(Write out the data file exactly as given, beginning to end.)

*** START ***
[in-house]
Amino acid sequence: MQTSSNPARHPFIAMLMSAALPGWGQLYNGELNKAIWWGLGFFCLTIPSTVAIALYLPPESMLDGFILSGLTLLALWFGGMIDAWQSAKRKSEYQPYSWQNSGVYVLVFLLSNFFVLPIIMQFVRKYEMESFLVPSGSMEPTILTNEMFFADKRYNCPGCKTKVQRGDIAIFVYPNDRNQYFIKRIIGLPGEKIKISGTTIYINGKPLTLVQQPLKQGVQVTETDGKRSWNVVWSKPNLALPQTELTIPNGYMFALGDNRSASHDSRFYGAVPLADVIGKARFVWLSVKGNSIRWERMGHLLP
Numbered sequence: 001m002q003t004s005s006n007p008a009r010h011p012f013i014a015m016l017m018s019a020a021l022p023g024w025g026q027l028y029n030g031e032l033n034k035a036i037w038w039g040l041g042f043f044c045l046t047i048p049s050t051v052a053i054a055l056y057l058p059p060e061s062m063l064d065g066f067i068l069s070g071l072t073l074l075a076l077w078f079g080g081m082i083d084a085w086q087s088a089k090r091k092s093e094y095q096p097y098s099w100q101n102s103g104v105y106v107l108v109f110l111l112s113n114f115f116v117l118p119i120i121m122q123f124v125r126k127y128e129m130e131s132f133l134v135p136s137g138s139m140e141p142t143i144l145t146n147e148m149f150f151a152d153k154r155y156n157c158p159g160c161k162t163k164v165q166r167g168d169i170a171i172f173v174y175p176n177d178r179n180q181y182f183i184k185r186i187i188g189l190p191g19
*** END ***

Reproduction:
[in-house]
Amino acid sequence: MQTSSNPARHPFIAMLMSAALPGWGQLYNGELNKAIWWGLGFFCLTIPSTVAIALYLPPESMLDGFILSGLTLLALWFGGMIDAWQSAKRKSEYQPYSWQNSGVYVLVFLLSNFFVLPIIMQFVRKYEMESFLVPSGSMEPTILTNEMFFADKRYNCPGCKTKVQRGDIAIFVYPNDRNQYFIKRIIGLPGEKIKISGTTIYINGKPLTLVQQPLKQGVQVTETDGKRSWNVVWSKPNLALPQTELTIPNGYMFALGDNRSASHDSRFYGAVPLADVIGKARFVWLSVKGNSIRWERMGHLLP
Numbered sequence: 001m002q003t004s005s006n007p008a009r010h011p012f013i014a015m016l017m018s019a020a021l022p023g024w025g026q027l028y029n030g031e032l033n034k035a036i037w038w039g040l041g042f043f044c045l046t047i048p049s050t051v052a053i054a055l056y057l058p059p060e061s062m063l064d065g066f067i068l069s070g071l072t073l074l075a076l077w078f079g080g081m082i083d084a085w086q087s088a089k090r091k092s093e094y095q096p097y098s099w100q101n102s103g104v105y106v107l108v109f110l111l112s113n114f115f116v117l118p119i120i121m122q123f124v125r126k127y128e129m130e131s132f133l134v135p136s137g138s139m140e141p142t143i144l145t146n147e148m149f150f151a152d153k154r155y156n157c158p159g160c161k162t163k164v165q166r167g168d169i170a171i172f173v174y175p176n177d178r179n180q181y182f183i184k185r186i187i188g189l190p191g19